Struve Geodetic Arch is the first technical-scientific cultural object inscribed on UNESCO's World Heritage List. It was inscribed on the list in 2005.
Inscribed on World Heritage List in 2005
Struve Geodetic Arc was the first scientific survey on a large scale in Europe. It represented the first accurate measuring of a long segment of a meridian. This helped to establish the exact size and shape of the planet and marked an important step in the development of earth sciences and topographic mapping.
The work was carried out under the leadership of Friedrich Georg Wilhelm Struve in the years 1816 to 1855. Struve Geodetic Arc is unique in its extent and quality, and an important part of the history of geodetic science.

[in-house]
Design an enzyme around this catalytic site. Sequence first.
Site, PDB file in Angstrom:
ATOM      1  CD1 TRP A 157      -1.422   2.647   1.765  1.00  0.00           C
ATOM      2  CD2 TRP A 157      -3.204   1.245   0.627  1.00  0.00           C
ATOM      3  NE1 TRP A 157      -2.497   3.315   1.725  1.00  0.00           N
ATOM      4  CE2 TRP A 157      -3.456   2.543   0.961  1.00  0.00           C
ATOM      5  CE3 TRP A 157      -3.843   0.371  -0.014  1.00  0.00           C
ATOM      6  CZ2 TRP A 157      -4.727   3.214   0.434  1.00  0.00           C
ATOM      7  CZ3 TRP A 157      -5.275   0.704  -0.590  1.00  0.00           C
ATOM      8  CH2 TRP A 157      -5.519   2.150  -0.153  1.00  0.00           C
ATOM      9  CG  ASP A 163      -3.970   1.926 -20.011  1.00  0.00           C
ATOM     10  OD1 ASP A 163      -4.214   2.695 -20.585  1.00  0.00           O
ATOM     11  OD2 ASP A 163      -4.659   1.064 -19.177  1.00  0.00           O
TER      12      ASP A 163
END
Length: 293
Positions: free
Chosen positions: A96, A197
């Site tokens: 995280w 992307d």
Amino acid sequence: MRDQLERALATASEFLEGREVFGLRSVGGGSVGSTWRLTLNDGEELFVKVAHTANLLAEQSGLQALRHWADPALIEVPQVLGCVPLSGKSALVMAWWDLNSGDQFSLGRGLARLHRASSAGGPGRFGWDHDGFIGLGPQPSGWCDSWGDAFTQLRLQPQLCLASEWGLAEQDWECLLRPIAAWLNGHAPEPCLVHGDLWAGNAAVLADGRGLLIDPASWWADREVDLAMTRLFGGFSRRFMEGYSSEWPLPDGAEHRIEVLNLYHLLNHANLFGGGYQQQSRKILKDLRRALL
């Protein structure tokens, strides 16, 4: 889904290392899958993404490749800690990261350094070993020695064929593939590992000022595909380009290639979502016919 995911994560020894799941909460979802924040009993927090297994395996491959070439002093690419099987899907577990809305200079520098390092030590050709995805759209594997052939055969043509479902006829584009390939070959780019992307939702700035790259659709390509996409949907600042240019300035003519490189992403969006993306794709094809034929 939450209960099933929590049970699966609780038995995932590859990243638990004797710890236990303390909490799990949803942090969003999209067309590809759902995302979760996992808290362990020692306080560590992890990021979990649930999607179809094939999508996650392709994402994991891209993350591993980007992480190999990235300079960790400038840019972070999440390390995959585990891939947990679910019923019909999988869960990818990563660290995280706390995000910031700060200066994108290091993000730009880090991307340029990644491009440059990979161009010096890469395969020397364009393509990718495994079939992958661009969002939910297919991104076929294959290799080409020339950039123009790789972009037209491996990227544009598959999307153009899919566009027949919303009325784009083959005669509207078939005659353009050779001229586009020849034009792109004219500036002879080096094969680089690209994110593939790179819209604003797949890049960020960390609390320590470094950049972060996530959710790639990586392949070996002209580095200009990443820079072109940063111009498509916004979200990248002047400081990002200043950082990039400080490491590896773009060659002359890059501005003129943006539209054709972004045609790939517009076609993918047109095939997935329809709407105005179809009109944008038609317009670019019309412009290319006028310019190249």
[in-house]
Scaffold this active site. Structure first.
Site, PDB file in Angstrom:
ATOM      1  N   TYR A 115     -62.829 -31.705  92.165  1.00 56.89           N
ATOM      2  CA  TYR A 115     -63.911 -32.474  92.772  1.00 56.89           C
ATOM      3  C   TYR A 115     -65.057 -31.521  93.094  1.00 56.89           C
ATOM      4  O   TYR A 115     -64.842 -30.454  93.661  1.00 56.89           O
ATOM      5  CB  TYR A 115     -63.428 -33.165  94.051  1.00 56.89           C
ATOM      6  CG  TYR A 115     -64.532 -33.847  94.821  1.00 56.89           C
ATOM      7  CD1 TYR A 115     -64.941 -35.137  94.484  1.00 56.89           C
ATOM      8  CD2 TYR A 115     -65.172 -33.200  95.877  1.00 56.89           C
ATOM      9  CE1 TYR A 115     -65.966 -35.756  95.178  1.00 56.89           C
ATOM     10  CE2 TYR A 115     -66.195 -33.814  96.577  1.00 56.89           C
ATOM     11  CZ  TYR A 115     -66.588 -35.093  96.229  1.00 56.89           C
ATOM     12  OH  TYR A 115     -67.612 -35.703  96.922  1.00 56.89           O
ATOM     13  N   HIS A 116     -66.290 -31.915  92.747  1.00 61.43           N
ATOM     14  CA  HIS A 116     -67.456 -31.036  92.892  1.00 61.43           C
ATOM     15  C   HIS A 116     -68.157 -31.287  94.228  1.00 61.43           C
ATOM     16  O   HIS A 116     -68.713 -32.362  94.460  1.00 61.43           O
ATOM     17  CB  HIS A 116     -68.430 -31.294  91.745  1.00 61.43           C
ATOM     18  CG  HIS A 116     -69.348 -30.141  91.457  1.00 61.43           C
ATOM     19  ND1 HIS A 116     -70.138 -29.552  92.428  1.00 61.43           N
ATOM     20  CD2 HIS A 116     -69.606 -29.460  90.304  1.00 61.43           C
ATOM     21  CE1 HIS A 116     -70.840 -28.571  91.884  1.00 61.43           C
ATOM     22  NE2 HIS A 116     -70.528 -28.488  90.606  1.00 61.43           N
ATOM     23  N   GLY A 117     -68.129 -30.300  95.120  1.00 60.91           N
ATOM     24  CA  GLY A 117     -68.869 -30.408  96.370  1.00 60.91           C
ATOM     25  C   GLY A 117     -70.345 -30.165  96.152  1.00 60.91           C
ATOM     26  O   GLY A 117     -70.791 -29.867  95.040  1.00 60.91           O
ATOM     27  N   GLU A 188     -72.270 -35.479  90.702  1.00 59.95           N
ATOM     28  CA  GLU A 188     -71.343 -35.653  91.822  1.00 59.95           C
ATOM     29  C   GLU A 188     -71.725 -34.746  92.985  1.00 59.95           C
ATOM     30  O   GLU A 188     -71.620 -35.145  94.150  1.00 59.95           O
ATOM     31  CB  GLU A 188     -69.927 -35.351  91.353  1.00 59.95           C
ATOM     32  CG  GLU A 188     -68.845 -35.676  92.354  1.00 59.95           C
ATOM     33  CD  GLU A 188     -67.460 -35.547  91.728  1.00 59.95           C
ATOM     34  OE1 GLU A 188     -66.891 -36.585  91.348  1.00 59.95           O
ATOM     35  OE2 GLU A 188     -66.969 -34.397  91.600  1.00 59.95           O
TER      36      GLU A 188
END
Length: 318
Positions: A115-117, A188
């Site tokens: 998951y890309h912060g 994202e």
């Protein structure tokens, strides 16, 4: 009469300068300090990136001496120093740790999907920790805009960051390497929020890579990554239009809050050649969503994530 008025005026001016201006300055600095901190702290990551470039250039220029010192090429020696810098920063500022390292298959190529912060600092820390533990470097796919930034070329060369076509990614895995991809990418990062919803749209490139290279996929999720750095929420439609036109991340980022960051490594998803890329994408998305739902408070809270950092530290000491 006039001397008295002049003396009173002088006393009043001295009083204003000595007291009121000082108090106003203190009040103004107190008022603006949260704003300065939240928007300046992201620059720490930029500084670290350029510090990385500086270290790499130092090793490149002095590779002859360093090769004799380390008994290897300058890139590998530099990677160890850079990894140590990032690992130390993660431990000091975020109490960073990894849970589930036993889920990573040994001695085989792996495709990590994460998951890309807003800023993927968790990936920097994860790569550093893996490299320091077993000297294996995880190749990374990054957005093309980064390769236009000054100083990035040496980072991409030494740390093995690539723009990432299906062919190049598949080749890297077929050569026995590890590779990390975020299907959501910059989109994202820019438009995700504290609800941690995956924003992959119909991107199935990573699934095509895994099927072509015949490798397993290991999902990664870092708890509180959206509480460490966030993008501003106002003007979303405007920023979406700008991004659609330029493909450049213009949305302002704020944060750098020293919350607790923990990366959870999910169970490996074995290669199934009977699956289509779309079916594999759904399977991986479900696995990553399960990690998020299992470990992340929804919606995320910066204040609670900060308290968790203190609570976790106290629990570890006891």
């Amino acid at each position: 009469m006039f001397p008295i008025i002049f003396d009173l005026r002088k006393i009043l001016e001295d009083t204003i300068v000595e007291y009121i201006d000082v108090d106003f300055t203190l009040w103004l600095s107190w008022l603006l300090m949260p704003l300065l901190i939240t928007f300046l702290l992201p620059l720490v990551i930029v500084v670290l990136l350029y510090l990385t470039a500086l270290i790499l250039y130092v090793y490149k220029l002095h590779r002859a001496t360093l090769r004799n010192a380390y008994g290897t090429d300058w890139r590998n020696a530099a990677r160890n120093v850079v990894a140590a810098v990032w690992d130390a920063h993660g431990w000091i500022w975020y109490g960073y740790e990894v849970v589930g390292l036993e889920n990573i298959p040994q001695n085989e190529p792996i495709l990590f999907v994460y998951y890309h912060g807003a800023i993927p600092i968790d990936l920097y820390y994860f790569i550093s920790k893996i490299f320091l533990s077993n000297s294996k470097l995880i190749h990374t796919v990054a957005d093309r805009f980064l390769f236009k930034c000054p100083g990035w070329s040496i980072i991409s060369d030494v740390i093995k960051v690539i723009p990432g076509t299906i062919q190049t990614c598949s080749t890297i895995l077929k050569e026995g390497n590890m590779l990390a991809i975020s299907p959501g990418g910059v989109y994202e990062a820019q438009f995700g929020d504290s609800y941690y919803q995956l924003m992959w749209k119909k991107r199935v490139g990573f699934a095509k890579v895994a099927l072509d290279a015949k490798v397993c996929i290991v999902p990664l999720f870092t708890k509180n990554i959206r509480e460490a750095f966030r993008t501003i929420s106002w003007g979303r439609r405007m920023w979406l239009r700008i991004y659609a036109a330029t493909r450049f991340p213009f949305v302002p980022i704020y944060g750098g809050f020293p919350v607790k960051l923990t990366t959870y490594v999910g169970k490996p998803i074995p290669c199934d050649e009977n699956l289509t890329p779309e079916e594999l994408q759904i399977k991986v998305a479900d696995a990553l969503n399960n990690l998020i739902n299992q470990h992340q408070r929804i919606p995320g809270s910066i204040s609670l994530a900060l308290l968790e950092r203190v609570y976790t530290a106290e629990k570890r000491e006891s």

The World Heritage Site is comprised of 34 points of measurement between the Arctic Ocean and the outlet of River Danube. The points of measurement are placed in all the 10 countries the arc passes through; Norway, Sweden, Finland, Russia, Estonia, Latvia, Lithuania, Belarus, Moldova and Ukraine.
All the points of measurements have one form or another of monumentation – be it a hole in rock, an iron bolt, a cairn, an obelisk or pillar. The points in Norway are:
- The obelisk in Hammerfest
- Summit Lille Raipas (Unna Ráipásas) in Alta
- Summit Luvddiidcohkka (Lodiken) in Kautokeino
- Summit Bealjásvárri/Muvravárri in Kautokeino